February 2020 reading round-up

Frame Perspective

February dragged on forever and then was suddenly over. We’ve had endless rain and wind, but the month ended on a high note for me. On Friday, Greta Thunberg came to Bristol to lead the Youth Strike 4 Climate. I went along to hear the speeches and join the first part of the march and it was amazing.

This weekend is also Bristol Light Festival, with a series of light-based sculptures around the city. It’s currently quite small, but I’m hoping it’s proved enough of a success to become an annual event, like the one in Amsterdam.

This month we went to see Parasite, which we not only loved but are continuing to analyse every detail of two weeks later. It is such a good film. And I went to see a screening of The Cabinet of Dr Caligari with live improvised musical accompaniment. Those 1920 film sets are gorgeous!

On the reading front, I seem to have continued my slowed-down pace of one book per week. I know for most people that would be plenty, but for me it seems very little. Thankfully, the books I did read this month were all great.

Books read

Kitchen by Banana Yoshimoto
translated from Japanese by Megan Backus
This novella and short story about grief are an excellent demonstration that you can depict dark, devastating emotion without being hyperbolic or overwrought. A series of young people have lost a significant person from their lives and we see their varied reactions and attempts to handle their grief. It is beautifully understated, strange and at the same time completely relatable.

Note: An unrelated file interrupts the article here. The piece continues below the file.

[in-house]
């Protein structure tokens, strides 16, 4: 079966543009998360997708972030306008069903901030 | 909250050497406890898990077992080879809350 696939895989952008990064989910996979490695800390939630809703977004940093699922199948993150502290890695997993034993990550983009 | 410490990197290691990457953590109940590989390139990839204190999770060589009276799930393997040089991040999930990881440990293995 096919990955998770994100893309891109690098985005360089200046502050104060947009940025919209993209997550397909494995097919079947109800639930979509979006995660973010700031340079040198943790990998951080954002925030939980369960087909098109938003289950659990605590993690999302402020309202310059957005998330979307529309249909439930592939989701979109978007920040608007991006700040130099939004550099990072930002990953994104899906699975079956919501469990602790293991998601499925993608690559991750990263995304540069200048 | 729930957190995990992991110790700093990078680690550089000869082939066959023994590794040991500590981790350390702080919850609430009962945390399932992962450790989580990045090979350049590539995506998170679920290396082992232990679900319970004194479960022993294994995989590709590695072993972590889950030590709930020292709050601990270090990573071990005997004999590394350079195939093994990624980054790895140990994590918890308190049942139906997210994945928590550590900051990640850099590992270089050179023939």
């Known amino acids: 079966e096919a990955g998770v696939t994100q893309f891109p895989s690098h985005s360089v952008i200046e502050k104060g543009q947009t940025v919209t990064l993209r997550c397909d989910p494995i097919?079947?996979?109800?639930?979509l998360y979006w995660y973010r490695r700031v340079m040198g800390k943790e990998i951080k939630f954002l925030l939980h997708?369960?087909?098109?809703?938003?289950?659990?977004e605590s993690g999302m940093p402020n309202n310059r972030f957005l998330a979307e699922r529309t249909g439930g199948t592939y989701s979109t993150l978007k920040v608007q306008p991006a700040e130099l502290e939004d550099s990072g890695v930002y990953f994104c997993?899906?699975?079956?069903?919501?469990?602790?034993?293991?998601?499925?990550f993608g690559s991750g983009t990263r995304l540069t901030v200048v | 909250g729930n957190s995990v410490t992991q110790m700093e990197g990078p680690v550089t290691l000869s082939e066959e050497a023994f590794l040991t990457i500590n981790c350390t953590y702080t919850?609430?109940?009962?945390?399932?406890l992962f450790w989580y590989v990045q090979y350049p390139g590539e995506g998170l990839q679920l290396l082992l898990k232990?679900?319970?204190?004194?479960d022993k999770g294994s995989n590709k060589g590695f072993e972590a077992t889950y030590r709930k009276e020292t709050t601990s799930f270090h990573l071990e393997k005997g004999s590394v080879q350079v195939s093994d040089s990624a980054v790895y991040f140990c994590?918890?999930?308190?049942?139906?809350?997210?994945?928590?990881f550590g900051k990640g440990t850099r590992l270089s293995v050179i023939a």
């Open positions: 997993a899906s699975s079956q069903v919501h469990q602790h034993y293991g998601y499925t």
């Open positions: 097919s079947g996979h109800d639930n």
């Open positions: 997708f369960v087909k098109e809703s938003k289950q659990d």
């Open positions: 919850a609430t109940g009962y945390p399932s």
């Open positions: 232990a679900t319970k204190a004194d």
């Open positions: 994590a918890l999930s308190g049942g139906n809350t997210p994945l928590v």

Dark Days by James Baldwin
This Penguin mini book contains three of Baldwin’s essays that directly address race and racism in the USA, from 1965, 1980 and 1985. They are insightful, moving, angry and move between hope and despair.

Kitchen Confidential by Anthony Bourdain
The book that made Bourdain famous is a highly entertaining memoir about his career in the restaurant business, from washing up as a summer job, to being a head chef far too young to make a success of it, to his drug problems and clawing his way back up to the top job. It’s a fascinating book and I will write a longer review soon.

Cairo by G Willow Wilson (story) and M K Perker (art)
In this graphic novel, a disparate group of Middle Eastern and American characters are thrown into an adventure that manages to incorporate local and international politics, smuggling, religious conflict and magic. The story is fun and exciting, while also dark and making a serious point. There were a few moments when I felt Wilson had tried to pack too much in, tick too many boxes, but overall I enjoyed the ride. And Perker’s art is packed with great details.